Originally published: 26.10.15
On the 25th of October 2015, I spoke at the conference Feminism in London. The subject was online misogyny, and I was honoured to share the panel with Connie St. Louis, Dr. Emily Grossman, and Alison Boydell. The following is a transcript of my speech.
Hello and thank you for having me to speak at Feminism in London. I’m Claire, and it’s an honour to be here, and to be discussing something so relevant to women’s experiences both in terms of activism and in a more personal capacity. I wonder if I could start with a show of hands – how many people here have experienced misogyny online? Thank you. [Vast majority of hands raised.]
That’s sad, but not at all surprising.
If anybody is going to quote me on Twitter, please make it this: I believe that misogyny is endemic. It’s true that the Internet has revolutionised almost every aspect of our lives, but it hasn’t fundamentally changed the nature of people’s values. From behind a screen, perhaps from a position of anonymity, men are harassing women, swearing at women, abusing women, threatening women, stalking women. The internet, much like the Force, can be used either for good or bad. It has never been easier to sign and share a petition but, equally, the odds are signing one the one the old fashioned way with ink and paper is far less likely to result in you being called scum and told to die.
As is the case offline, women speaking out can attract a lot of abuse – it’s not usually the opinions being shared that generate this anger in these men, but rather that the person sharing them happens to be female. Where the internet differs, with particular regard to social media, is the variety of tactics used to harass women. Men – and, in my experience, it is almost always men – say things to women that you hope they would never even consider saying offline. Yet, online misogyny has me wondering, how many of them think like that? Even if it’s generally not expressed quite so explicitly in person, those feelings of misogyny are still there.
Though she is now controversial, I’m going to paraphrase Germaine Greer here. Germaine Greer is of the opinion that women don’t realise just how much men hate us. I would suggest that the Twitter feed of any known feminist or prominent woman provides a clear demonstration. The men who sent rape and death threats to Caroline Criado-Perez, the men that intimidated Sue Perkins into deactivating her Twitter account, they exist and operate offline, presumably interacting with women outside of the digital world. How does it translate?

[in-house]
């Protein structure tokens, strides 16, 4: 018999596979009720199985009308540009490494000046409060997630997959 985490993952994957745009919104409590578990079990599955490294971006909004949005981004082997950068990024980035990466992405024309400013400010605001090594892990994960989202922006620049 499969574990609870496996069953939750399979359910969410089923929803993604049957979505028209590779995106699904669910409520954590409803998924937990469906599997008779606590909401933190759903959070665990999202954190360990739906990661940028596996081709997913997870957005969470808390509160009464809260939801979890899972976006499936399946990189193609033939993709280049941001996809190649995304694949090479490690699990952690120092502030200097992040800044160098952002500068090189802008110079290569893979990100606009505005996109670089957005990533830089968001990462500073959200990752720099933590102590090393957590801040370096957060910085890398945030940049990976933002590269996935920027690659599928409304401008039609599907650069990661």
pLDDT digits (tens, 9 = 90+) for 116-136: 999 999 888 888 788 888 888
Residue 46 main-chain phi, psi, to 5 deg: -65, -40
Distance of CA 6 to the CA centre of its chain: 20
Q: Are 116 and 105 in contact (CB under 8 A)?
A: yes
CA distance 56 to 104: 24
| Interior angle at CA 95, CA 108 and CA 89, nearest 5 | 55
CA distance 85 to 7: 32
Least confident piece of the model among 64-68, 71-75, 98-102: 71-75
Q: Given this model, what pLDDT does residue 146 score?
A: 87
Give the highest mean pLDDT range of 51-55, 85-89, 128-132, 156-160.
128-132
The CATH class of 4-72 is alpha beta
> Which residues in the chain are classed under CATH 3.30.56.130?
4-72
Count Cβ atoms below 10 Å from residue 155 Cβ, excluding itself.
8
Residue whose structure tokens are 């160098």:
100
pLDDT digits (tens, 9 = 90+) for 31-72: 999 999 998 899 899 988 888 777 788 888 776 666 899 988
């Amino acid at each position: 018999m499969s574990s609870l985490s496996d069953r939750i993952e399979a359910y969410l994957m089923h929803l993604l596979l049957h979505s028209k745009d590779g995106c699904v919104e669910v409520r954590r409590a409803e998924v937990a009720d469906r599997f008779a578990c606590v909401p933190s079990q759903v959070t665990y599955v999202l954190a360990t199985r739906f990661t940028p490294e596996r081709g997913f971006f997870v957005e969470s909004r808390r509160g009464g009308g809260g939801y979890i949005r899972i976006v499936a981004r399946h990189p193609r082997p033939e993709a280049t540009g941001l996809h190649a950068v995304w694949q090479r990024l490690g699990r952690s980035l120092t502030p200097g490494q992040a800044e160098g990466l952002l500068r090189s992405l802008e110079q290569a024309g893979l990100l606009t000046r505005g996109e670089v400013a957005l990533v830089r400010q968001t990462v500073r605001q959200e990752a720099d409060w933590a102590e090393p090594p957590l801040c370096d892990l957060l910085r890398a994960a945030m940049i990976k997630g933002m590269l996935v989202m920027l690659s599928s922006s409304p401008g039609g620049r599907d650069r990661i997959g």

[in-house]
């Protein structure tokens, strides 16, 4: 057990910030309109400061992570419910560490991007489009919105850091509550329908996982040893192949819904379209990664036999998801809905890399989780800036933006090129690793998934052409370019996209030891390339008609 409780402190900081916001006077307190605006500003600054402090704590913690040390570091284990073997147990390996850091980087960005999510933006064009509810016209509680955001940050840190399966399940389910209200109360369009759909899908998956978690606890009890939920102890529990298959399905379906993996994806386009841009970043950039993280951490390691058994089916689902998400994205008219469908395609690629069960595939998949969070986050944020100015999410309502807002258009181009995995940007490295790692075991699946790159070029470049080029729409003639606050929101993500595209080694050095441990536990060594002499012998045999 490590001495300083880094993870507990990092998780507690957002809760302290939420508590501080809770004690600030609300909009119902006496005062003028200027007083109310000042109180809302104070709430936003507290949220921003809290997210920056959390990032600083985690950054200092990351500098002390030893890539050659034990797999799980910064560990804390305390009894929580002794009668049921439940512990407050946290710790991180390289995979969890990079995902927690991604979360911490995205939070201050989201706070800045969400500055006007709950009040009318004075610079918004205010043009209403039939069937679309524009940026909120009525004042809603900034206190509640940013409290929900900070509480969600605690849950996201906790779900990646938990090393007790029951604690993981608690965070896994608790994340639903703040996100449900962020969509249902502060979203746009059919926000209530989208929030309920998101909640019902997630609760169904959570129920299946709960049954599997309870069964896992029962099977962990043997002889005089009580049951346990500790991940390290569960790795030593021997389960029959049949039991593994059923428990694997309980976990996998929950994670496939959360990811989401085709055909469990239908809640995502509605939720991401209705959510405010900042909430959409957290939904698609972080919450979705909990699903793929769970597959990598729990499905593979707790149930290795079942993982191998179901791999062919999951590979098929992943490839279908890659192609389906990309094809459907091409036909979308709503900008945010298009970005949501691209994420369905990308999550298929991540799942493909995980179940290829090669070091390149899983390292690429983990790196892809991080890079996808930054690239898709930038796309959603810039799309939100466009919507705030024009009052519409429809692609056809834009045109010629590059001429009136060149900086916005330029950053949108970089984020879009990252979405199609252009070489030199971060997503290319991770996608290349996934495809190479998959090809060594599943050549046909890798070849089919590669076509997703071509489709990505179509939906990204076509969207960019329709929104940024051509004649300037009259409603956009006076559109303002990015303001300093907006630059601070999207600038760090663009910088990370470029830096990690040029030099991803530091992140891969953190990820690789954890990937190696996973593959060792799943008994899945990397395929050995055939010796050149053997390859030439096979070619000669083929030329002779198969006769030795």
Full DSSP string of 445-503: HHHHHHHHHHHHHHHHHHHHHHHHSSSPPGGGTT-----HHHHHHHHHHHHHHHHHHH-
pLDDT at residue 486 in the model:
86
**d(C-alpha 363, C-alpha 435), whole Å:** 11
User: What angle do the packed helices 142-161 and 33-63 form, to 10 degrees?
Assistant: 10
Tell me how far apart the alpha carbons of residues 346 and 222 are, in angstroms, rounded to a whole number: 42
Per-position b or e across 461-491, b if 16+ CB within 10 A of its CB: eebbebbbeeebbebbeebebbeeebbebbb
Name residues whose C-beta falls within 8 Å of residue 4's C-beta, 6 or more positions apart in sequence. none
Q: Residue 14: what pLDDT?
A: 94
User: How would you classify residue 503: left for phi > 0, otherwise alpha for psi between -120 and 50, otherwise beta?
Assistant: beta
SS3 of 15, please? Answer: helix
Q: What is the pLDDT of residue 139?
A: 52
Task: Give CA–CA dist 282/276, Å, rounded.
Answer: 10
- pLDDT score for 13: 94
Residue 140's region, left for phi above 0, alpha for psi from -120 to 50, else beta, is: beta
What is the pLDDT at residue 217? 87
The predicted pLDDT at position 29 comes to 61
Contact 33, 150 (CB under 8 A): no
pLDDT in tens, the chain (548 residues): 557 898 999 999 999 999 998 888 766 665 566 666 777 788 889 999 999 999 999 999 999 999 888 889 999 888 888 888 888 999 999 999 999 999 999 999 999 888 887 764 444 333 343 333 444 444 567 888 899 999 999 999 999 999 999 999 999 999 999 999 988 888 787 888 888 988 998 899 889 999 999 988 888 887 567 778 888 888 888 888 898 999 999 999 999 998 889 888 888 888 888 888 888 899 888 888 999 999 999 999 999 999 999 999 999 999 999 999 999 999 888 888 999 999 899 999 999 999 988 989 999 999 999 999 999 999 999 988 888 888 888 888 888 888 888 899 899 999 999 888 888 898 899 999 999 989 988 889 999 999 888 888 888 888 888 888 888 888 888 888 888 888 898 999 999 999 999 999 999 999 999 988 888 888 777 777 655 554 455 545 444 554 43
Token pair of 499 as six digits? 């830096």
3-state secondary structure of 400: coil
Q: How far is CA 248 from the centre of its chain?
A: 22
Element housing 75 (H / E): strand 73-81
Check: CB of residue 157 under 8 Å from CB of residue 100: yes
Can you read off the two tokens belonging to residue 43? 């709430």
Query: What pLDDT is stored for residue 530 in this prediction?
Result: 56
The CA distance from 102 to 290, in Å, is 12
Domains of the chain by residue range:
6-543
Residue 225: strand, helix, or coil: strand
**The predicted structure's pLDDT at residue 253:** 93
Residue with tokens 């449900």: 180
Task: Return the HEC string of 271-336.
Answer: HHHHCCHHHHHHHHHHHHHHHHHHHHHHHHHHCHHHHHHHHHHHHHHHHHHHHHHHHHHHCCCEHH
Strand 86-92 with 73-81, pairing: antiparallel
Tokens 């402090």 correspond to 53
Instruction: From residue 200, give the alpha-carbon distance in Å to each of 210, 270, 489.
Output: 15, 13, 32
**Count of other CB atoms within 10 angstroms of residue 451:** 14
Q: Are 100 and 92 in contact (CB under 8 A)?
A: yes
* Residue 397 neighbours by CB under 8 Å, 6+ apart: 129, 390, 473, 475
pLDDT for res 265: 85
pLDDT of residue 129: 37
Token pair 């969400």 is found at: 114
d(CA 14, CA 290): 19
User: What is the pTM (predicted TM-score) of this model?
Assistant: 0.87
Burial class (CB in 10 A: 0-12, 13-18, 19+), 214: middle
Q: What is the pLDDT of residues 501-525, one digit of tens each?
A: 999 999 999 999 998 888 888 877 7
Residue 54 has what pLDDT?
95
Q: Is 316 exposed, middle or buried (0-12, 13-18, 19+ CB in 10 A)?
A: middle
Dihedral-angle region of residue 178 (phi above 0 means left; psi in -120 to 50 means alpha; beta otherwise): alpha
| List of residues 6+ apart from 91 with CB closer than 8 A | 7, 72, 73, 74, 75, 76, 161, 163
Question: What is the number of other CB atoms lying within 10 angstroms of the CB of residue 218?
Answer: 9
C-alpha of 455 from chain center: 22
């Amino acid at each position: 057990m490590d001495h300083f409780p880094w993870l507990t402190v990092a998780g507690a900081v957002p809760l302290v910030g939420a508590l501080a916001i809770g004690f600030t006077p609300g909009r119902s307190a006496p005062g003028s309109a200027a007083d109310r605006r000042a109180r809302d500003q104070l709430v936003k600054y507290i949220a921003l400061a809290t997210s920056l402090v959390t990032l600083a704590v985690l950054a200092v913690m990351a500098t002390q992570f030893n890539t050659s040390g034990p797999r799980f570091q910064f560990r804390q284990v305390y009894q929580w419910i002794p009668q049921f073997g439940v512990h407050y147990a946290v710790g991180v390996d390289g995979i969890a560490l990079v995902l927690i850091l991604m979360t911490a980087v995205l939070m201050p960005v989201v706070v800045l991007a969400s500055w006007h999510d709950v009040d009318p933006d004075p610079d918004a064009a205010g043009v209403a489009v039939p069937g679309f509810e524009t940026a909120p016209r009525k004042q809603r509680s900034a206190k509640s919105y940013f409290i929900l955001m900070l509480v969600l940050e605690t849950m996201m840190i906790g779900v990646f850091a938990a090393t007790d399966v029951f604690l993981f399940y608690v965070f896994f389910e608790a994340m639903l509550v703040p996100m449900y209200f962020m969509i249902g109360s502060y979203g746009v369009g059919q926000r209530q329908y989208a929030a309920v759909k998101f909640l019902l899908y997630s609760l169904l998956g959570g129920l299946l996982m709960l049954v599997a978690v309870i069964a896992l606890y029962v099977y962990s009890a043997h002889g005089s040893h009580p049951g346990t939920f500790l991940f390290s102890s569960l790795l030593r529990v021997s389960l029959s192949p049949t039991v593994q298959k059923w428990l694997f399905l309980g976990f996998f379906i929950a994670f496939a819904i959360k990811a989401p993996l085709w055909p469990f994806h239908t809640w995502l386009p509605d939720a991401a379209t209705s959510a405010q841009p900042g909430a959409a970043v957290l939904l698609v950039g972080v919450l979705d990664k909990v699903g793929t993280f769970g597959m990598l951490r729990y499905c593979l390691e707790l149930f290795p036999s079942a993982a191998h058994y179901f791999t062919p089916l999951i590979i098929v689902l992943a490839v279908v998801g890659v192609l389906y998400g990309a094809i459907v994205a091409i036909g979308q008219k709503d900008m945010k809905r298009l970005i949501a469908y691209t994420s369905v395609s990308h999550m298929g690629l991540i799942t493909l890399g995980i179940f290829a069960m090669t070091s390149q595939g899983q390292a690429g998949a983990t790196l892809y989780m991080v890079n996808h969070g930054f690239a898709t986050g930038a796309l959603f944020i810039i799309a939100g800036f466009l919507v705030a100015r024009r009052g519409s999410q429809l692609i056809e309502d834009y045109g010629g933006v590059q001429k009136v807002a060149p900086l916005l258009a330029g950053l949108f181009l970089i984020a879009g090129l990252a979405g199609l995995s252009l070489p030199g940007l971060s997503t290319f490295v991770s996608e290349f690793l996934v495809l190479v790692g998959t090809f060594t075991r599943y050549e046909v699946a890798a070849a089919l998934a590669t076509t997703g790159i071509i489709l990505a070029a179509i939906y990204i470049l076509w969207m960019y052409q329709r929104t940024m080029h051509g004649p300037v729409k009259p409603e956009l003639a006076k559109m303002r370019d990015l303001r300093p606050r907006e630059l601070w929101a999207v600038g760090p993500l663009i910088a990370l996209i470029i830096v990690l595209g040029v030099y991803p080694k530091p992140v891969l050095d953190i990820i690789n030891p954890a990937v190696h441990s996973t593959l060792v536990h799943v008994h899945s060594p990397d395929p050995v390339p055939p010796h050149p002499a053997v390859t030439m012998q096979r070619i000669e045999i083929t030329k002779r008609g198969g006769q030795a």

There seems to be a distinction between conduct offline and on, lines which the perpetrators of online misogyny consider it acceptable to cross from behind a screen, but not in the flesh. I think that a cultural shift is essential if we are going to live in a society where women are not abused or threatened for speaking out, online and off. But, until we get to that point, how do we as women cope with online misogyny? How do we go on living our digital lives in such a potentially hostile environment?
Firstly, and most importantly, I suggest solidarity. This applies offline as well as on, though in some ways it’s easier to connect face-to-face. I know that things can get a bit fraught when we’re trying to make a complex and detailed point in 140 characters, especially when the conversation relates to our experiences and our identities. But other women aren’t behind the misogyny we experience, nor are they responsible for upholding a system in which it flourishes. Audre Lorde described it as horizontal hostility – wasting our time and energy on people also disadvantaged by a racist, classist patriarchy, instead of challenging vertical power structures.
A pattern I’ve noticed and experienced is that misogynistic comments often overlap with another aspect of a woman’s identity. Older feminists are treated as irrelevant, called crones and dinosaurs. Like Andrea Dworkin observed, their human worth to men is often entirely rooted in their perceived fuckability. Working class women are dismissed and dehumanised, which allows for their lived reality to be conveniently ignored. Women of Colour are relentlessly Othered, made to feel insignificant on grounds of race and sex.
Obviously there are disparities in privilege, along the lines of class, race, sexuality, etc. I’m very much of the opinion that, like bell hooks says, true solidarity can only exist when these differences are acknowledged. And once that solidarity exists, it is strong. Sisterhood is powerful. Without the encouragement and support of women I am proud to call sister, I would have grown so weary of online activism. For every man who calls me dirty nigger bitch, there are a hundred moments of support and understanding with other women. It makes a real difference.
Secondly, I encourage women to point out misogyny whenever it is realistically possible. There will, of course, be times when it is better for you to avoid engaging. Self-care matters. The digital world is often contrasted with ‘the real world’, but it is a real world in which real people interact with one another. Those threats, that abuse, can have a strong impact on us. It’s naive to pretend otherwise. But, when you are comfortable doing so, point out that some sexism has taken place. Highlight why the comments are wrong, what their implications are. Don’t accept misogyny. Have other women’s backs. Make those sexist comments less and less acceptable, show that there is no place for them.
I can’t claim to have all the answers but, in my experience, an incredible amount can be achieved when women work together.
Sister Outrider offers a Black Radical Feminist perspective on feminism, gender, politics, popular culture, and media representation.
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